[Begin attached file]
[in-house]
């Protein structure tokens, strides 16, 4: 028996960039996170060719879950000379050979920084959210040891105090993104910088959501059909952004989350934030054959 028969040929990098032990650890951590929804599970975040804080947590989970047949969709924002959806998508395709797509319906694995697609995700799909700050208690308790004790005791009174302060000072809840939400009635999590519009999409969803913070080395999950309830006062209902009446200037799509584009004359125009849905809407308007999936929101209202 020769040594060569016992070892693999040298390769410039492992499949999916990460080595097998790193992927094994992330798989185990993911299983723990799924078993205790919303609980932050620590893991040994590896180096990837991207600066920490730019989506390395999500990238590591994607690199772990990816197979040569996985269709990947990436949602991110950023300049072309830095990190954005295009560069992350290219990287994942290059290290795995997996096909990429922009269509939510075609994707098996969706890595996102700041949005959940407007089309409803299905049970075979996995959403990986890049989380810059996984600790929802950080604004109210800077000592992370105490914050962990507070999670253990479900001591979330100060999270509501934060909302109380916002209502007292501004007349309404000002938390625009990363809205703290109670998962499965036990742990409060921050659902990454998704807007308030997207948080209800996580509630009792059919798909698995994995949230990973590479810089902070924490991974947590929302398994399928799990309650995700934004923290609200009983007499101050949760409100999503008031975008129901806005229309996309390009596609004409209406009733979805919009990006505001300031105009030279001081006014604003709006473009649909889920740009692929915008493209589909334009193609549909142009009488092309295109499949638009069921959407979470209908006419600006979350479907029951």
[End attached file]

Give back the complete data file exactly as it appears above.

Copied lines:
[in-house]
């Protein structure tokens, strides 16, 4: 028996960039996170060719879950000379050979920084959210040891105090993104910088959501059909952004989350934030054959 028969040929990098032990650890951590929804599970975040804080947590989970047949969709924002959806998508395709797509319906694995697609995700799909700050208690308790004790005791009174302060000072809840939400009635999590519009999409969803913070080395999950309830006062209902009446200037799509584009004359125009849905809407308007999936929101209202 020769040594060569016992070892693999040298390769410039492992499949999916990460080595097998790193992927094994992330798989185990993911299983723990799924078993205790919303609980932050620590893991040994590896180096990837991207600066920490730019989506390395999500990238590591994607690199772990990816197979040569996985269709990947990436949602991110950023300049072309830095990190954005295009560069992350290219990287994942290059290290795995997996096909990429922009269509939510075609994707098996969706890595996102700041949005959940407007089309409803299905049970075979996995959403990986890049989380810059996984600790929802950080604004109210800077000592992370105490914050962990507070999670253990479900001591979330100060999270509501934060909302109380916002209502007292501004007349309404000002938390625009990363809205703290109670998962499965036990742990409060921050659902990454998704807007308030997207948080209800996580509630009792059919798909698995994995949230990973590479810089902070924490991974947590929302398994399928799990309650995700934004923290609200009983007499101050949760409100999503008031975008129901806005229309996309390009596609004409209406009733979805919009990006505001300031105009030279001081006014604003709006473009649909889920740009692929915008493209589909334009193609549909142009009488092309295109499949638009069921959407979470209908006419600006979350479907029951």